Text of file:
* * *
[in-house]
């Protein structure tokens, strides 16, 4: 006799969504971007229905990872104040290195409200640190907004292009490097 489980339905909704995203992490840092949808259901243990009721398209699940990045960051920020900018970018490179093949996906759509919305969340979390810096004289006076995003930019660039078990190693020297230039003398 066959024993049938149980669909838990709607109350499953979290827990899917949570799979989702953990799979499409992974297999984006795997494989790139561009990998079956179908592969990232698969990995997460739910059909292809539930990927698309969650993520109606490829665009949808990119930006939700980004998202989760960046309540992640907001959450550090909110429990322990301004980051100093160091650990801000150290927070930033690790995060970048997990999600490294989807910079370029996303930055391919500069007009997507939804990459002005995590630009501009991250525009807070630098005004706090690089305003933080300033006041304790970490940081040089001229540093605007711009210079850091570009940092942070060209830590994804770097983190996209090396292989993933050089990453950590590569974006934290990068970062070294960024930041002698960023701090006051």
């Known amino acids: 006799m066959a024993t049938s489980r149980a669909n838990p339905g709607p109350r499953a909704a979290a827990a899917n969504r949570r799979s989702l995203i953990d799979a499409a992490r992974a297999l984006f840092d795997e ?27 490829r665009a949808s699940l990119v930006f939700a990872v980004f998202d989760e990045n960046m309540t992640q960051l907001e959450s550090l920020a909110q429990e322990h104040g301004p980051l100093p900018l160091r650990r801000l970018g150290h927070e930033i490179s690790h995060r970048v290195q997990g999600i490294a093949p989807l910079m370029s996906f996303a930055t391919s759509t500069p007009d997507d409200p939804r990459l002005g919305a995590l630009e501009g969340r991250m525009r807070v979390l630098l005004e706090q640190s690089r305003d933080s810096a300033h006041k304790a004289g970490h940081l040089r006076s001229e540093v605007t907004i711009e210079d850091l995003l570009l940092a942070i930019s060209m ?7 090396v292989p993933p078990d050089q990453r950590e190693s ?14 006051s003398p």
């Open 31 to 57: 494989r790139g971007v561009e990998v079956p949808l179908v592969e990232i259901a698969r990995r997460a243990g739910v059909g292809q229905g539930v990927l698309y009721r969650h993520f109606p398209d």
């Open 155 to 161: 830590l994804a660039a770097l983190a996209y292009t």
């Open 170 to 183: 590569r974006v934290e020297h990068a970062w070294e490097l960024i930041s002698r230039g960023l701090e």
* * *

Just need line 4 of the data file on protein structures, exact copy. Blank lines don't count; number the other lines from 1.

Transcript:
């Open 31 to 57: 494989r790139g971007v561009e990998v079956p949808l179908v592969e990232i259901a698969r990995r997460a243990g739910v059909g292809q229905g539930v990927l698309y009721r969650h993520f109606p398209d």